I turned into Dalrymple Crescent. There was a gentle thrill in the thought that the house where I had spent so many years of my boyhood stood within a stone's throw of the Prince's line of march, and it made my journey on that last day the sweeter. When I saw Edinburgh again that evening, I was thankful I had lived there and had memories to play with. Folk were going to church, and the sight of them brought back all the strange salt flavour of an Edinburgh Sabbath : the bustle of a minister's house on a Sunday morning; an hour's silence while my father had a final glance at his sermon; the manse pew in the gloomy church; Old Hundred and other tunes that wove themselves into the fabric of my mind; cold midday dinner; the church again at half-past two; Sunday school; late tea and "a good improving book "-with luck, Treasure Island-then a tramp to the Blackford Hill, and bed at ten. A strange sombre day, as I look back on it; and yet on that evening as I passed the old house in the Crescent, I would not have changed a single hour of it for anything in the world.

By Salisbury Road I went, and down to the King's Park. The Prince's army had passed through the policies of Prestonfield House, and by a gap in the wall had gone round to Duddingston, to climb the hill by Dunsappie Loch. In the Hunter's Bog, a shallow glen behind the Salisbury Crags, the Jacobite army bivouacked, and the Prince left them at noon to go down to the Palace where Mary Queen of Scots had spent so many of her days in Scotland, and where the Prince's grandfather had made himself popular with the nation when he was the Duke of York. Near St. Anthony's Well on the hillside, Prince Charles paused for a few minutes and stood looking across at the city on its ridge of rock. He knew he had come to the first stage in his campaign to recover the British throne for his family. The capital of Scotland was at his feet, but he knew that Cope's army had landed at Dunbar and was marching to meet him. He knew how much depended upon himself; he had already seen how delicate was to be the task of keeping the peace in his own camp. In his hour of triumph, his thoughts were heavy as he descended to the Palace of Holyroodhouse. On the hillside I sat down. The darkness was falling quickly. Deep shadows lay in the valley, and my eye travelled to the skyline of housetops and church-spires and the failing sunset above. I thought of the Prince as I sat there, and the long journey he had made from Borrodale in Arisaig. I recalled the stages of that journey, the roads and the hill-tracks by which I had travelled over the royal road, and the inns and cottages where I had slept, and the people I had met and talked with, and the ups and downs of fortune that make a long journey on foot so like the varied span of a human life. Had the Prince's road been worth my travelling over, I asked myself, and out of a thankful heart I was able to answer. I rose to my feet. My pack seemed to have become lighter, and I was deliciously tired and hungry. At Abbeyhill I sank down on the seat of a taxi-cab: it was good to hear an Edinburgh voice again! Fifteen minutes later, I was in Abercromby Place at the doorway of the Royal Scots Club.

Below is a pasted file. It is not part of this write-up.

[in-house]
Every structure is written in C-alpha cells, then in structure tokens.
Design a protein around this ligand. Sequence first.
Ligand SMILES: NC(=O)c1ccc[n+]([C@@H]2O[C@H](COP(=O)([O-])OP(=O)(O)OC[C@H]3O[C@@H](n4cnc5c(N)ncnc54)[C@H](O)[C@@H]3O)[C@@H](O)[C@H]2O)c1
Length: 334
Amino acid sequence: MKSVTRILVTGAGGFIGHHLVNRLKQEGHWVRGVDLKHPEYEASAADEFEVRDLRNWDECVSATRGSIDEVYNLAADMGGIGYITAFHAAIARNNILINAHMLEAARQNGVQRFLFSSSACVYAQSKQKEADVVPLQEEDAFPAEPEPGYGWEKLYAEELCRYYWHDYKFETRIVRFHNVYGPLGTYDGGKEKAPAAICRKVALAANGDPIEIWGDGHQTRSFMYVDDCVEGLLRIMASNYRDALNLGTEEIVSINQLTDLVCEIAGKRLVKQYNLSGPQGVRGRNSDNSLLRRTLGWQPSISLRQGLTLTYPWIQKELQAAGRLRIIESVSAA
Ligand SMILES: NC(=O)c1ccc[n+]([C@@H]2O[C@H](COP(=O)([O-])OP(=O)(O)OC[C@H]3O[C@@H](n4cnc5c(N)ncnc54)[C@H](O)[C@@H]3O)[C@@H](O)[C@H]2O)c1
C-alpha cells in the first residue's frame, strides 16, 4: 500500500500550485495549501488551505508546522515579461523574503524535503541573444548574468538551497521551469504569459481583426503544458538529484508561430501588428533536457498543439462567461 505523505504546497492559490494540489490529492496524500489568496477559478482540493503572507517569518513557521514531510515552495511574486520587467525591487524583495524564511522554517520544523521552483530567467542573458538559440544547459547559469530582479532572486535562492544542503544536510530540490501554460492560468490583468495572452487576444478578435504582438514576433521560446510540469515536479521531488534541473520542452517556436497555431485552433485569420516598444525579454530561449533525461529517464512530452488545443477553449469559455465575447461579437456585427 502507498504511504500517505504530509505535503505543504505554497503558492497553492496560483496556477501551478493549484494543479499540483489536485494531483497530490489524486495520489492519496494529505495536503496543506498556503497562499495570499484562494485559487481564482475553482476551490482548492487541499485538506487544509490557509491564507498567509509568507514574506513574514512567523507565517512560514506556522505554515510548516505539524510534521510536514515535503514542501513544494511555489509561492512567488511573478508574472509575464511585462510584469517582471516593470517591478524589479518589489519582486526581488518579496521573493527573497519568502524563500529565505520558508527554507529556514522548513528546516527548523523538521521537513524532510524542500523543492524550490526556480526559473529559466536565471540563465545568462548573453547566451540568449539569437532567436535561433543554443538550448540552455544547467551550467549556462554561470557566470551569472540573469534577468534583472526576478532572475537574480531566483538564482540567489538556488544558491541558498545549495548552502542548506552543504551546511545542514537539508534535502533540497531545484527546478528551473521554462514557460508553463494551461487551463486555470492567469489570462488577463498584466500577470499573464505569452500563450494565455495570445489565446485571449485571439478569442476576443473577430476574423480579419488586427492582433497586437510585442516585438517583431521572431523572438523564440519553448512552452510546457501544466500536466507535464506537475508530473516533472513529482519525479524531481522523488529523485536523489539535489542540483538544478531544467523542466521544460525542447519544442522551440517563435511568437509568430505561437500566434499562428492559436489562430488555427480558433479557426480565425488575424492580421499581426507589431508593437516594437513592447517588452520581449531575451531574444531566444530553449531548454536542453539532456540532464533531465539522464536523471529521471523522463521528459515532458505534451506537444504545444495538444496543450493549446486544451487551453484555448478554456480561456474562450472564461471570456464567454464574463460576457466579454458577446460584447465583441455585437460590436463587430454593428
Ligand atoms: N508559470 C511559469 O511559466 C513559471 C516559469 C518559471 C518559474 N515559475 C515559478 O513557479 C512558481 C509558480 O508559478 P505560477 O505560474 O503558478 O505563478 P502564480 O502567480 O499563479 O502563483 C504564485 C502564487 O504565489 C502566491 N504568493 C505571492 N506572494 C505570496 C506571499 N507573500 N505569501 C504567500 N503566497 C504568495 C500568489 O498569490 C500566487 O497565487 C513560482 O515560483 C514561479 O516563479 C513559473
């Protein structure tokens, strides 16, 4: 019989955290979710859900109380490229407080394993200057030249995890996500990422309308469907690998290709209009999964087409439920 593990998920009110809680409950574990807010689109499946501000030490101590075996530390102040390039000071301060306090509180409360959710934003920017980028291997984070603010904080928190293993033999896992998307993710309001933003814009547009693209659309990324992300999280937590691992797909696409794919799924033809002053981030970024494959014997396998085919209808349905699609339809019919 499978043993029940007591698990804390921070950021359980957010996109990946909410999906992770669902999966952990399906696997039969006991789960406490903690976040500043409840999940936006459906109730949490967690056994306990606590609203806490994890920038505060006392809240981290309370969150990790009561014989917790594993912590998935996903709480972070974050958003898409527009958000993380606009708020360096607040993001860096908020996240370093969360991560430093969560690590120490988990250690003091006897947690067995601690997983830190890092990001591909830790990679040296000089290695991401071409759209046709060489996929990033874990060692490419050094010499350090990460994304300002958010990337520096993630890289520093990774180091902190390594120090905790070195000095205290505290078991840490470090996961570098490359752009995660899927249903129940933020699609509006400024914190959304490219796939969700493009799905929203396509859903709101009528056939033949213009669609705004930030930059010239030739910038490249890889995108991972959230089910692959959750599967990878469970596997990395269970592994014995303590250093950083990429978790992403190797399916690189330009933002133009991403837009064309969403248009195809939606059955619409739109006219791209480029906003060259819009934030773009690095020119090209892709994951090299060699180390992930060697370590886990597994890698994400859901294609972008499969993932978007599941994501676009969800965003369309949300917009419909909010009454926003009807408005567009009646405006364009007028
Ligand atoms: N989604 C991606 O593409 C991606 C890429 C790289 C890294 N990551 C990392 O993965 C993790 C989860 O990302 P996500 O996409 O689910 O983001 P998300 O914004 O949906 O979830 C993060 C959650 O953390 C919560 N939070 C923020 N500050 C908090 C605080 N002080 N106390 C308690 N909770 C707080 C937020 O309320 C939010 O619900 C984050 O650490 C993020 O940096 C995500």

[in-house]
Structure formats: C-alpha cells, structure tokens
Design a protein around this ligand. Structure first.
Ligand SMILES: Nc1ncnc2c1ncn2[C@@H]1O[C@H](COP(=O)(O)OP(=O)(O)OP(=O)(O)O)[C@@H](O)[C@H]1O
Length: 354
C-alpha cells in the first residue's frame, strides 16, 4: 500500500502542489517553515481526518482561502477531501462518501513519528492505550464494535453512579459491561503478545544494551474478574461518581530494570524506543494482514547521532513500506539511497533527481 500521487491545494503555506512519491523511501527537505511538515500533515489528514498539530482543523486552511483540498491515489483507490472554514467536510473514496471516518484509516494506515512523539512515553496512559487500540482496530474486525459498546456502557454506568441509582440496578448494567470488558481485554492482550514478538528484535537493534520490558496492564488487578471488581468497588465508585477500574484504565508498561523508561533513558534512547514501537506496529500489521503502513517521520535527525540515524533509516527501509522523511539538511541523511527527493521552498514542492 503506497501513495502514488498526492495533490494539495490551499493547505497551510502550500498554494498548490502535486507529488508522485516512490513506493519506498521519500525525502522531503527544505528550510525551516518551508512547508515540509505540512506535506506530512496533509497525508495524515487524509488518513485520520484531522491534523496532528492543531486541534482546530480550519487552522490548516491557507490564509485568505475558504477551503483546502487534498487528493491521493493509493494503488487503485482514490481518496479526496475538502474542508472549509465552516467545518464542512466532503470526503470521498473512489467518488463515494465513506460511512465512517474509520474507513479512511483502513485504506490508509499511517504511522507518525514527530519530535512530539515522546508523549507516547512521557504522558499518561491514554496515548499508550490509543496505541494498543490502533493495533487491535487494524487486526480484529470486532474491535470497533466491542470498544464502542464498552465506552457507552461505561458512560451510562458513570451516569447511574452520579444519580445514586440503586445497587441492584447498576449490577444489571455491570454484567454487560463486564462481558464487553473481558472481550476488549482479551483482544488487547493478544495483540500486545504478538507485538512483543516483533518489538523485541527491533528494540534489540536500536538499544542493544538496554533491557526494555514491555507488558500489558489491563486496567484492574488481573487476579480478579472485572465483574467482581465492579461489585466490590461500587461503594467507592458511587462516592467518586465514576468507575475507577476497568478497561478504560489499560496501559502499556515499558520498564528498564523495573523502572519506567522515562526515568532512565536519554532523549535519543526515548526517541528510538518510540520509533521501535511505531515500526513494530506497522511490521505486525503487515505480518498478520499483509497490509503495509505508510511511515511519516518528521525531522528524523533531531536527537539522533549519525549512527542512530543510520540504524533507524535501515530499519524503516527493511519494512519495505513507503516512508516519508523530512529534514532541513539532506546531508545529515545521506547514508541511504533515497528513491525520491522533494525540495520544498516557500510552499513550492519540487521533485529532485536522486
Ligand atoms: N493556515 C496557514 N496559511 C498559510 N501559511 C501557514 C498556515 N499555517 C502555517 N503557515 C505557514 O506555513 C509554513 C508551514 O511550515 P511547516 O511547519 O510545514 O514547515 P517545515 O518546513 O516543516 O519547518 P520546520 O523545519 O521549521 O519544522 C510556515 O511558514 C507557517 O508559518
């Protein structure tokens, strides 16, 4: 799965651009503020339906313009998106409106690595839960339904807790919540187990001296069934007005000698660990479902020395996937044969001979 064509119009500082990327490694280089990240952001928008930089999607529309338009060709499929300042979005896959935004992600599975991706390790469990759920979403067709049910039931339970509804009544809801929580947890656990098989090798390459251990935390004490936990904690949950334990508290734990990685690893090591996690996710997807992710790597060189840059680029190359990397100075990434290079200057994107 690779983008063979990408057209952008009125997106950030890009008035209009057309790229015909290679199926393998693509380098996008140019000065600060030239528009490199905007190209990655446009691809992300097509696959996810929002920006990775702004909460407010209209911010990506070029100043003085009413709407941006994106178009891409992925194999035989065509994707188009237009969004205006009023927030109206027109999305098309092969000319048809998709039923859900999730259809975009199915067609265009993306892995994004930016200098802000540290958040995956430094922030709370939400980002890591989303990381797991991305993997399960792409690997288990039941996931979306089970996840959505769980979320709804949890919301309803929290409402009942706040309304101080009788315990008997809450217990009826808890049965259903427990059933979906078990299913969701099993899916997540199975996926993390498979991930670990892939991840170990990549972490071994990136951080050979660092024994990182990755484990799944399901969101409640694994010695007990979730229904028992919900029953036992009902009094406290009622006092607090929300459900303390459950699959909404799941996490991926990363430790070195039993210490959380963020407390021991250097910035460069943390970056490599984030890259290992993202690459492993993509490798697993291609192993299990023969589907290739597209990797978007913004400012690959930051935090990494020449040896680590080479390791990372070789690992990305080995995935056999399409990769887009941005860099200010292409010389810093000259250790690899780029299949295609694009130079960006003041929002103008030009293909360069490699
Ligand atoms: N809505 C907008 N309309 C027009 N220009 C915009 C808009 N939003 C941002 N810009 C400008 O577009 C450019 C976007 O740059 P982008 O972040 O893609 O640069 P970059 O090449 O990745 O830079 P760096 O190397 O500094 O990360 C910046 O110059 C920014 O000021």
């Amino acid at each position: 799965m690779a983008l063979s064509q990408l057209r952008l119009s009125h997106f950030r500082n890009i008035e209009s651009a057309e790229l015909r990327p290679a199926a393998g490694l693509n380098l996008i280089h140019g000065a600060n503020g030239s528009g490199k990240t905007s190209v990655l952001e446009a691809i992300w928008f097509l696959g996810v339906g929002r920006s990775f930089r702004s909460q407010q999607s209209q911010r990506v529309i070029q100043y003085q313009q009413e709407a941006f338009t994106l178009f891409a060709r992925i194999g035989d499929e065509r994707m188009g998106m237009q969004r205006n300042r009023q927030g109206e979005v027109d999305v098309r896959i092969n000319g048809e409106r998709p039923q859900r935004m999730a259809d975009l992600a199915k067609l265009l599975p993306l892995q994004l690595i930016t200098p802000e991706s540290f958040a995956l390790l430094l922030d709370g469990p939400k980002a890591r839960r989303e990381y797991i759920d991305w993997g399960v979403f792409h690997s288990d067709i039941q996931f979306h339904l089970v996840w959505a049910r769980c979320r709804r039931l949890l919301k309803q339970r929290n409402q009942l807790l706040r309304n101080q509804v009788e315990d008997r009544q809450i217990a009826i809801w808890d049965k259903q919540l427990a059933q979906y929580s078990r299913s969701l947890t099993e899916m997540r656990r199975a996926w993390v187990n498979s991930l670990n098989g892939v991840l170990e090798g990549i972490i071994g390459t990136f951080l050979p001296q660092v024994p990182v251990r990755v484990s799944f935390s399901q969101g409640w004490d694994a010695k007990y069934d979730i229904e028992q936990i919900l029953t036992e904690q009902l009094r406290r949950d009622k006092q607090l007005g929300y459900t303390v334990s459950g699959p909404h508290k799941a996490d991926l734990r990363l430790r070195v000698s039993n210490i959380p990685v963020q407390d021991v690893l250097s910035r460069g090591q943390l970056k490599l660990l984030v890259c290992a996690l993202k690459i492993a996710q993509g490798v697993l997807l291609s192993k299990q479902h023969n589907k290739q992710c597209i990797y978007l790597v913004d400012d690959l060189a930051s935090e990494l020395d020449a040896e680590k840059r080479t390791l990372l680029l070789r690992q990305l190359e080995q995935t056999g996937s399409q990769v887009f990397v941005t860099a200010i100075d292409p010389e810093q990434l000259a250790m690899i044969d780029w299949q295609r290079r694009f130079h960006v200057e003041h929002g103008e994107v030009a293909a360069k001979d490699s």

In later volumes the author will describe his subsequent travels in the footsteps of Prince Charlie.